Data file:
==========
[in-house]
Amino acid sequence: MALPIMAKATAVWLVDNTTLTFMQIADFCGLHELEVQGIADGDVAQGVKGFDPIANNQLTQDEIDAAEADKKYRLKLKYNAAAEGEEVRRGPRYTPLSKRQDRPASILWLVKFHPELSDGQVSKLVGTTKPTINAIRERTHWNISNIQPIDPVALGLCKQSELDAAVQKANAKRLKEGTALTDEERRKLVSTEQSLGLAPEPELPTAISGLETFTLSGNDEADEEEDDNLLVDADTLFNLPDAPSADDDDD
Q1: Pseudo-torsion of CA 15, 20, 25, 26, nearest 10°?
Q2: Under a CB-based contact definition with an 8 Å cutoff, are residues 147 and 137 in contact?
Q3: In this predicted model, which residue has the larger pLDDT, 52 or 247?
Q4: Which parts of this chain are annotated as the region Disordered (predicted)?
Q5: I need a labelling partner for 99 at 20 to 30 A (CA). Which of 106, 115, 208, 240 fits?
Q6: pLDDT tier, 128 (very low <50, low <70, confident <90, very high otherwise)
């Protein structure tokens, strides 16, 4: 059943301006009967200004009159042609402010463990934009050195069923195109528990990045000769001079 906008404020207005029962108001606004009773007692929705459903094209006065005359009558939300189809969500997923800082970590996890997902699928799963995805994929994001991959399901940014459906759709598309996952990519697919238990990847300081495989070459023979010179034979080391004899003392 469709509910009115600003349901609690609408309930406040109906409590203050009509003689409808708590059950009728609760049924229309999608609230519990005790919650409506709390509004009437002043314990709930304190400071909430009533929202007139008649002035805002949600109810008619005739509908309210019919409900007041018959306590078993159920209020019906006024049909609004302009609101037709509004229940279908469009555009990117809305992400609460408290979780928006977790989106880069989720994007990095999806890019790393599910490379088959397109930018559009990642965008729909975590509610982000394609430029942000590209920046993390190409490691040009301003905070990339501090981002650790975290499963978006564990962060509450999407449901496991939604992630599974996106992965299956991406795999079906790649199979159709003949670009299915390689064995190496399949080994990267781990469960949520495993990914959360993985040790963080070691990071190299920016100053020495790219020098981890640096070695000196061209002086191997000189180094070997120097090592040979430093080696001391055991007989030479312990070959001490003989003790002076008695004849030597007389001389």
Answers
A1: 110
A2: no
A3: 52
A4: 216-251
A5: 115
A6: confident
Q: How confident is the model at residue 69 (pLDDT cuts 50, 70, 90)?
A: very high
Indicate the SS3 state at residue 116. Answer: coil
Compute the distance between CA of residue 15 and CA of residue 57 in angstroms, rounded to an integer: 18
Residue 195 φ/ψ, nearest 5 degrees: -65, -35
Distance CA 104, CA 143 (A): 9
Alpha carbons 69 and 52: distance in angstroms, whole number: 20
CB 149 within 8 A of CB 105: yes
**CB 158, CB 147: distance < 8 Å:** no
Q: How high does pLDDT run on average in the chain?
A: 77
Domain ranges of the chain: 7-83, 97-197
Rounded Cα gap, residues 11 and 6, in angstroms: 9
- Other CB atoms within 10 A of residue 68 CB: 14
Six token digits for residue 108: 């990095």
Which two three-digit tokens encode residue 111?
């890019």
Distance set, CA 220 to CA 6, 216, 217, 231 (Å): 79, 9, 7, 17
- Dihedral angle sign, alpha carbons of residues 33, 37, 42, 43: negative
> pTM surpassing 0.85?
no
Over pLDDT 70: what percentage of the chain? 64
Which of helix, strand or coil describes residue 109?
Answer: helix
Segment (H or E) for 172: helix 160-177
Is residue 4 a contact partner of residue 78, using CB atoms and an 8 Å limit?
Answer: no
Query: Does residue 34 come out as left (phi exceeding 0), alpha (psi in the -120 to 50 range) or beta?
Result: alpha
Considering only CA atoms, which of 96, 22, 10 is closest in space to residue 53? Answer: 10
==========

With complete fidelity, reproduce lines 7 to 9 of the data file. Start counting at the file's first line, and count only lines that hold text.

Q5: I need a labelling partner for 99 at 20 to 30 A (CA). Which of 106, 115, 208, 240 fits?
Q6: pLDDT tier, 128 (very low <50, low <70, confident <90, very high otherwise)
């Protein structure tokens, strides 16, 4: 059943301006009967200004009159042609402010463990934009050195069923195109528990990045000769001079 906008404020207005029962108001606004009773007692929705459903094209006065005359009558939300189809969500997923800082970590996890997902699928799963995805994929994001991959399901940014459906759709598309996952990519697919238990990847300081495989070459023979010179034979080391004899003392 469709509910009115600003349901609690609408309930406040109906409590203050009509003689409808708590059950009728609760049924229309999608609230519990005790919650409506709390509004009437002043314990709930304190400071909430009533929202007139008649002035805002949600109810008619005739509908309210019919409900007041018959306590078993159920209020019906006024049909609004302009609101037709509004229940279908469009555009990117809305992400609460408290979780928006977790989106880069989720994007990095999806890019790393599910490379088959397109930018559009990642965008729909975590509610982000394609430029942000590209920046993390190409490691040009301003905070990339501090981002650790975290499963978006564990962060509450999407449901496991939604992630599974996106992965299956991406795999079906790649199979159709003949670009299915390689064995190496399949080994990267781990469960949520495993990914959360993985040790963080070691990071190299920016100053020495790219020098981890640096070695000196061209002086191997000189180094070997120097090592040979430093080696001391055991007989030479312990070959001490003989003790002076008695004849030597007389001389």